Volume 12 Supplement 1
Characteristics of HAM/TSP after kidney transplantation from HTLV-1 positive living donors
© Kimura et al. 2015
Published: 28 August 2015
It has been sporadically reported that HTLV-1 associated myelopathy/tropical spastic paraparesis (HAM/TSP) develops after living-donor kidney transplantation from HTLV-1 positive donors (D+) to negative recipients (R-). However, these details have been unknown. Thus we evaluated the incidence and clinical characteristics of HAM/TSP after living-donor kidney transplantation from D+ to R-(D+R-transplantation). Using data obtained from the Japanese Renal Transplant Registry, we analyzed 13,299 cases of living-donor kidney transplantation between 2000 and 2013 in Japan. In addition, we have collected information about 5 patients who developed HAM/TSP after D+R-transplantation. The incidence of HAM/TSP after D+R-transplantation was calculated as the ratio of “the number of recipients who developed HAM/TSP” to “the number of cases of D+R-transplantation”. The characteristics of HAM/TSP in D+R-transplant recipients such as time from transplantation to disease onset and rate of disease progression are investigated. About 70% of all 13,299 donors took a HTLV-1 antibody test and 64 cases were positive for HTLV-1 antibody. Although the remaining 4,072 donors didn't take the antibody test, we estimated the number of HTLV-1 positive donors as 36 according to the HTLV-1 prevalence in Japan. As a result, the estimated incidence of HAM/TSP after D+R-transplantation was 5%. All the 5 cases of HAM/TSP after D+R-transplantation showed an early onset after transplantation. Four out of five cases developed rapidly and had difficulty walking in one or two years. This study demonstrated that incidence rate (5%) of HAM/TSP in recipients after D+R-transplantation is extremely higher compared to the lifetime risk (0.25%) of HAM/TSP in an HTLV-1-infected person. Further, this study suggested that HAM/TSP after D+R-transplantation is characterized by rapid onset and progression. Therefore, we need to conduct nationwide survey to assess the risk of D+R-transplantation.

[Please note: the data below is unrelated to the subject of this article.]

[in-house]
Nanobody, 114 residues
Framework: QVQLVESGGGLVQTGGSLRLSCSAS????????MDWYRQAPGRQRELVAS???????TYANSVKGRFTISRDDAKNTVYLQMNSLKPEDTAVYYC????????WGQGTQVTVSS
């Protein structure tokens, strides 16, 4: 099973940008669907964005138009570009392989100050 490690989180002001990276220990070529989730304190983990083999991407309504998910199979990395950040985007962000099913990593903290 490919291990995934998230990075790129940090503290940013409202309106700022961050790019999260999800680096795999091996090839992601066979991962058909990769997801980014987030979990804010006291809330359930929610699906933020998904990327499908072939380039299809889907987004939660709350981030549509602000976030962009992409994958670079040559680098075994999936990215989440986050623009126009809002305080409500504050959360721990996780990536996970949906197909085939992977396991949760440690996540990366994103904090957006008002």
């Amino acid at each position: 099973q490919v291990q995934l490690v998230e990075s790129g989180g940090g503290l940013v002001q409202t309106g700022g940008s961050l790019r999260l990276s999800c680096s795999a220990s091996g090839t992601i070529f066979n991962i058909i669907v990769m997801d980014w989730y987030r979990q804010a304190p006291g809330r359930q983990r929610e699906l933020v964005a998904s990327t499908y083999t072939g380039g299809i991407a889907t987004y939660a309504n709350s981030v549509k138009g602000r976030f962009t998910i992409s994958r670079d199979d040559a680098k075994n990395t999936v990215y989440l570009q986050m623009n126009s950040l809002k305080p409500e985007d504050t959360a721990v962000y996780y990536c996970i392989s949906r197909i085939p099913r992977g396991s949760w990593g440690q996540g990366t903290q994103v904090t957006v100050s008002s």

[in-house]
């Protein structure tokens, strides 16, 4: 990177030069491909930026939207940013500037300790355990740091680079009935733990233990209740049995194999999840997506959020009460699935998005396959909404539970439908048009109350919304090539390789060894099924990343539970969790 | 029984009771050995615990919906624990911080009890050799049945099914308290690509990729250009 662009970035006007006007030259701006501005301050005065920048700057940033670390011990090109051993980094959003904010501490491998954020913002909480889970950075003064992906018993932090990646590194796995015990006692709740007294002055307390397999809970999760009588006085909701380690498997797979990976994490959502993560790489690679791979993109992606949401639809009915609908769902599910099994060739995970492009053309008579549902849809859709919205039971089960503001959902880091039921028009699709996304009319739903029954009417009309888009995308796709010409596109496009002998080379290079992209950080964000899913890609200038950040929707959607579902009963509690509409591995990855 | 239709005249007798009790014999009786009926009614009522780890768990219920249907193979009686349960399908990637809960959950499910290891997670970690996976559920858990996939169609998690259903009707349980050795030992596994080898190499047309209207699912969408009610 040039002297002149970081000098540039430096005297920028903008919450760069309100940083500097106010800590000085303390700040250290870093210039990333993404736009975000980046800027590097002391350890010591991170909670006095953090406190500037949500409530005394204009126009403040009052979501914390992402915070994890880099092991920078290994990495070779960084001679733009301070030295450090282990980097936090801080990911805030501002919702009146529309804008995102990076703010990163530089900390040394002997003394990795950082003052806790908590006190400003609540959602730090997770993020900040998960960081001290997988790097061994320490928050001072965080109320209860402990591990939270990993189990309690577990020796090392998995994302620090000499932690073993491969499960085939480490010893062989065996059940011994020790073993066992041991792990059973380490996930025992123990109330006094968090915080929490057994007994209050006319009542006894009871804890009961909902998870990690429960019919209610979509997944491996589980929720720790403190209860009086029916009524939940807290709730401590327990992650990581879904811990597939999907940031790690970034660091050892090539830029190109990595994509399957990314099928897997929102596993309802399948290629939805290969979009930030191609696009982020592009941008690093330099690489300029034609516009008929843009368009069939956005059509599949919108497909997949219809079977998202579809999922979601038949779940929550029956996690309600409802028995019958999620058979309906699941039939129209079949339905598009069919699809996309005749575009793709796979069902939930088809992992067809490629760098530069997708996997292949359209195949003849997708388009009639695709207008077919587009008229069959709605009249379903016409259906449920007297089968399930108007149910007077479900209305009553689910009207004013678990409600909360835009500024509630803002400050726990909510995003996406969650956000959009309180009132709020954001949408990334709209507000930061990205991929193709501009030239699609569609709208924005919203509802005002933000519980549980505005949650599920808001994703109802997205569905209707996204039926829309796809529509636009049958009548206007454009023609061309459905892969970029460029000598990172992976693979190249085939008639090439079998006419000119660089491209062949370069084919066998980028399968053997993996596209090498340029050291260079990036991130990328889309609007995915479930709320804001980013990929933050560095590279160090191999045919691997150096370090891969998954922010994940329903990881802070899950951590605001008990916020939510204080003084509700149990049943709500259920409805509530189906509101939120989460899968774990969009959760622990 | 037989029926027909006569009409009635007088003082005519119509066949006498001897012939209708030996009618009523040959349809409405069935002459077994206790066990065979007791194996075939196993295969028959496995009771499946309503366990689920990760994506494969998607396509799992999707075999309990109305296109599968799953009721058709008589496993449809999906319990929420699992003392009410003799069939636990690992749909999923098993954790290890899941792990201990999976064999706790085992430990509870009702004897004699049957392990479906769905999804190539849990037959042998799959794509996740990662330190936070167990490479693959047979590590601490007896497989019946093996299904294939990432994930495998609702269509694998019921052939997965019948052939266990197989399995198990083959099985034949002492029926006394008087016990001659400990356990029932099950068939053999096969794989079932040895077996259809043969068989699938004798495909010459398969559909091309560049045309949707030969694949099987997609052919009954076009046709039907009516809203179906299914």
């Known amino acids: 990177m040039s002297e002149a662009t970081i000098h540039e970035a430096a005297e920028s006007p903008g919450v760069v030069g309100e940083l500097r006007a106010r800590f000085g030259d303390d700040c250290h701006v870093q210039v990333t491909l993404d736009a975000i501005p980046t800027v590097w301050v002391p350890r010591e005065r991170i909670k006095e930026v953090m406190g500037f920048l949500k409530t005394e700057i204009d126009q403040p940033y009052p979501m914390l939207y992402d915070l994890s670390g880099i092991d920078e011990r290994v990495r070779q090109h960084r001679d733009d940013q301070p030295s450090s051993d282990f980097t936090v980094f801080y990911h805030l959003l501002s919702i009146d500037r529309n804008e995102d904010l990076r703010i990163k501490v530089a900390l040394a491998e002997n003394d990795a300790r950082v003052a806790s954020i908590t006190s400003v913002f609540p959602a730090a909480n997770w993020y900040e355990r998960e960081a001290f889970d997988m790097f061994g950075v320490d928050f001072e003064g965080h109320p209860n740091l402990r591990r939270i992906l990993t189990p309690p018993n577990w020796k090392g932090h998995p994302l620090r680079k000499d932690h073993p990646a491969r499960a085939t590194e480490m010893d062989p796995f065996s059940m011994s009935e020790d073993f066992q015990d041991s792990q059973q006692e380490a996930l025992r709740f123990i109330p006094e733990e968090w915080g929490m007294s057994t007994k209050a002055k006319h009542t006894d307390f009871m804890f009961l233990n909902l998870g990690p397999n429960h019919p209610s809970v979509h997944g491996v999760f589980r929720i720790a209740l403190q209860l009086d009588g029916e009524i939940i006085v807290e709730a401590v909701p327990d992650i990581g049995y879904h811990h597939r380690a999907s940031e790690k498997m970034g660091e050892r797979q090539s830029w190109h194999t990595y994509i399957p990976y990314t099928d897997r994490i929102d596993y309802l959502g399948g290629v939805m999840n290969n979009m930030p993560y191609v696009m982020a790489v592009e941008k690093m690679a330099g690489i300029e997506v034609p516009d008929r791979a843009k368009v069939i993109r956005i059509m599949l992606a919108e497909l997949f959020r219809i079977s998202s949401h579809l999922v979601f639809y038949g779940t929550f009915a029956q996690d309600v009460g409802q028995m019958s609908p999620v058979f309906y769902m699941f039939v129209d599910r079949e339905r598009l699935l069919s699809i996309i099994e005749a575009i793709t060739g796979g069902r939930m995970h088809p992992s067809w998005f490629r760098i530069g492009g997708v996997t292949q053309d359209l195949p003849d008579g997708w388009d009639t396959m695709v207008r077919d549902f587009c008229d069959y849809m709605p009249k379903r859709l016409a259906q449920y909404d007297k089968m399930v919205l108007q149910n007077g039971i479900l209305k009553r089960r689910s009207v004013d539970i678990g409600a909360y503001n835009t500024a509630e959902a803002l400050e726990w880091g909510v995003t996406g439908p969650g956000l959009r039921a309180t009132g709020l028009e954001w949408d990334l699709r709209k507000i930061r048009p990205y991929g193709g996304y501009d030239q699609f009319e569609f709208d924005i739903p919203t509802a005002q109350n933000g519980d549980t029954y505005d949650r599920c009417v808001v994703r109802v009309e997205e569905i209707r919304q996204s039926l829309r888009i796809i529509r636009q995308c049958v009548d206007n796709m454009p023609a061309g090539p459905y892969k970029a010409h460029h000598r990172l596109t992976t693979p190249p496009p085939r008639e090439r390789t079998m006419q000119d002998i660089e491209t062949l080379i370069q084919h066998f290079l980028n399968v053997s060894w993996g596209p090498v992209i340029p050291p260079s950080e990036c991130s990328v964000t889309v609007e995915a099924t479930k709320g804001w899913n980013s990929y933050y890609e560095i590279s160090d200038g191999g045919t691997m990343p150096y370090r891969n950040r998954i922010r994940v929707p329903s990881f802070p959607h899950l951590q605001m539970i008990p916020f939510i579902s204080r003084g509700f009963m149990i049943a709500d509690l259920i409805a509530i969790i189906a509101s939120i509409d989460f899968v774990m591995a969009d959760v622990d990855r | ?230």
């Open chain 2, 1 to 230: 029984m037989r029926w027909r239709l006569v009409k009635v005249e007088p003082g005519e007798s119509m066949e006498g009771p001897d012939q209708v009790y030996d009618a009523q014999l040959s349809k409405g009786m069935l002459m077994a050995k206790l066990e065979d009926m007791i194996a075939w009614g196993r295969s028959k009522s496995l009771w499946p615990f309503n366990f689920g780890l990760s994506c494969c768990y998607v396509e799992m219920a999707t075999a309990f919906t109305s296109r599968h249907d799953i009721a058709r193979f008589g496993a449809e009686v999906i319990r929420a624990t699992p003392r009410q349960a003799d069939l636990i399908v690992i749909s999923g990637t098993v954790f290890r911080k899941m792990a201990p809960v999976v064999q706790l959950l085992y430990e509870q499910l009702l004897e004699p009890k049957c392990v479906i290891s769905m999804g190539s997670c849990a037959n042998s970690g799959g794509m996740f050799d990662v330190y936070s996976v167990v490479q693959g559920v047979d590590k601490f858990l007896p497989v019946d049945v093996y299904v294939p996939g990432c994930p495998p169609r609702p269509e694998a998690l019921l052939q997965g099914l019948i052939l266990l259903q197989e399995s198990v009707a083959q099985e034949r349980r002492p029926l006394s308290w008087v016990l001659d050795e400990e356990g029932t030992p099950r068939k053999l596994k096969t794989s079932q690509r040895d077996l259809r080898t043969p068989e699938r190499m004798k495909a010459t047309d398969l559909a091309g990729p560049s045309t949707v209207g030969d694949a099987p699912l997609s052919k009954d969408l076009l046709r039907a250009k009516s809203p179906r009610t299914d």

This article is published under license to BioMed Central Ltd. This is an Open Access article distributed under the terms of the Creative Commons Attribution License (http://creativecommons.org/licenses/by/4.0), which permits unrestricted use, distribution, and reproduction in any medium, provided the original work is properly cited. The Creative Commons Public Domain Dedication waiver (http://creativecommons.org/publicdomain/zero/1.0/) applies to the data made available in this article, unless otherwise stated.